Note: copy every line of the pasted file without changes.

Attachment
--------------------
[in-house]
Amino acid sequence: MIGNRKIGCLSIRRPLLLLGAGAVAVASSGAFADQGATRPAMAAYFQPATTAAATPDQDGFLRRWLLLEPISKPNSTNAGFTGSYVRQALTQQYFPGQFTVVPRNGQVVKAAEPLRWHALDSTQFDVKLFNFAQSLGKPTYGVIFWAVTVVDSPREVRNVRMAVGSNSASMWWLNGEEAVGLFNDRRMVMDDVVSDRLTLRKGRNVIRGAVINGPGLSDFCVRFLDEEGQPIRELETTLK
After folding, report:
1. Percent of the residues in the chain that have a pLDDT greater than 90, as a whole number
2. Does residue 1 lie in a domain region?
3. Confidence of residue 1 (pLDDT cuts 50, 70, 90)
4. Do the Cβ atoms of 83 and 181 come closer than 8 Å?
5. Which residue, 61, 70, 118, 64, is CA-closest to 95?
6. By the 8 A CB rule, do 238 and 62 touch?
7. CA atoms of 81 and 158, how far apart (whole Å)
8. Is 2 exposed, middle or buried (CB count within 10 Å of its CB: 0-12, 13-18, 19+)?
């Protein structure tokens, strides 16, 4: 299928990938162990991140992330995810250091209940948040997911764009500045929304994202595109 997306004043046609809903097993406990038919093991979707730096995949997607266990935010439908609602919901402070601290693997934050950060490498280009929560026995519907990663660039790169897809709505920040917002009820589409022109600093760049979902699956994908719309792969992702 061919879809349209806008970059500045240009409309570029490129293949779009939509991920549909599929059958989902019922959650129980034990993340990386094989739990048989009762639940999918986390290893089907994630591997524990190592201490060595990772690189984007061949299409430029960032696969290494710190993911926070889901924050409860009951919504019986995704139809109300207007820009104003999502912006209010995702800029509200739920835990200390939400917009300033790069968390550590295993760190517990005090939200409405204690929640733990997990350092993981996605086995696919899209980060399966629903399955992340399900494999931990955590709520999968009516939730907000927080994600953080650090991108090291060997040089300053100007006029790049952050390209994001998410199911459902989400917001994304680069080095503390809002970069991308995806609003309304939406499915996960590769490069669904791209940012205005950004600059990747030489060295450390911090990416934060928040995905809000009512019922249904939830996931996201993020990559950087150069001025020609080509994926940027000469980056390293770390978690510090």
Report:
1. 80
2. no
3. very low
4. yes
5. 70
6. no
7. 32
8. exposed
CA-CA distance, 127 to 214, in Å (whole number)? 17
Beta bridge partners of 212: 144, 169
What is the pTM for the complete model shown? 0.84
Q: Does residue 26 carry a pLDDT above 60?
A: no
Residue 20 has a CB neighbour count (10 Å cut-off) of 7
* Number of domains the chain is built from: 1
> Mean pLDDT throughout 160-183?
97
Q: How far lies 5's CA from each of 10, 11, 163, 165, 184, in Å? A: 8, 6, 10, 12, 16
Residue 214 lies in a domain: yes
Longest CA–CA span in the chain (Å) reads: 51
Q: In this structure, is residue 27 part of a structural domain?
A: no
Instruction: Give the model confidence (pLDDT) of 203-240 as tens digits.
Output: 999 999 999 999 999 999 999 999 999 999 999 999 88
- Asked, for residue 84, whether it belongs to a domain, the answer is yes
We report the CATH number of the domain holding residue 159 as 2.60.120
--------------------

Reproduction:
[in-house]
Amino acid sequence: MIGNRKIGCLSIRRPLLLLGAGAVAVASSGAFADQGATRPAMAAYFQPATTAAATPDQDGFLRRWLLLEPISKPNSTNAGFTGSYVRQALTQQYFPGQFTVVPRNGQVVKAAEPLRWHALDSTQFDVKLFNFAQSLGKPTYGVIFWAVTVVDSPREVRNVRMAVGSNSASMWWLNGEEAVGLFNDRRMVMDDVVSDRLTLRKGRNVIRGAVINGPGLSDFCVRFLDEEGQPIRELETTLK
After folding, report:
1. Percent of the residues in the chain that have a pLDDT greater than 90, as a whole number
2. Does residue 1 lie in a domain region?
3. Confidence of residue 1 (pLDDT cuts 50, 70, 90)
4. Do the Cβ atoms of 83 and 181 come closer than 8 Å?
5. Which residue, 61, 70, 118, 64, is CA-closest to 95?
6. By the 8 A CB rule, do 238 and 62 touch?
7. CA atoms of 81 and 158, how far apart (whole Å)
8. Is 2 exposed, middle or buried (CB count within 10 Å of its CB: 0-12, 13-18, 19+)?
């Protein structure tokens, strides 16, 4: 299928990938162990991140992330995810250091209940948040997911764009500045929304994202595109 997306004043046609809903097993406990038919093991979707730096995949997607266990935010439908609602919901402070601290693997934050950060490498280009929560026995519907990663660039790169897809709505920040917002009820589409022109600093760049979902699956994908719309792969992702 061919879809349209806008970059500045240009409309570029490129293949779009939509991920549909599929059958989902019922959650129980034990993340990386094989739990048989009762639940999918986390290893089907994630591997524990190592201490060595990772690189984007061949299409430029960032696969290494710190993911926070889901924050409860009951919504019986995704139809109300207007820009104003999502912006209010995702800029509200739920835990200390939400917009300033790069968390550590295993760190517990005090939200409405204690929640733990997990350092993981996605086995696919899209980060399966629903399955992340399900494999931990955590709520999968009516939730907000927080994600953080650090991108090291060997040089300053100007006029790049952050390209994001998410199911459902989400917001994304680069080095503390809002970069991308995806609003309304939406499915996960590769490069669904791209940012205005950004600059990747030489060295450390911090990416934060928040995905809000009512019922249904939830996931996201993020990559950087150069001025020609080509994926940027000469980056390293770390978690510090």
Report:
1. 80
2. no
3. very low
4. yes
5. 70
6. no
7. 32
8. exposed
CA-CA distance, 127 to 214, in Å (whole number)? 17
Beta bridge partners of 212: 144, 169
What is the pTM for the complete model shown? 0.84
Q: Does residue 26 carry a pLDDT above 60?
A: no
Residue 20 has a CB neighbour count (10 Å cut-off) of 7
* Number of domains the chain is built from: 1
> Mean pLDDT throughout 160-183?
97
Q: How far lies 5's CA from each of 10, 11, 163, 165, 184, in Å? A: 8, 6, 10, 12, 16
Residue 214 lies in a domain: yes
Longest CA–CA span in the chain (Å) reads: 51
Q: In this structure, is residue 27 part of a structural domain?
A: no
Instruction: Give the model confidence (pLDDT) of 203-240 as tens digits.
Output: 999 999 999 999 999 999 999 999 999 999 999 999 88
- Asked, for residue 84, whether it belongs to a domain, the answer is yes
We report the CATH number of the domain holding residue 159 as 2.60.120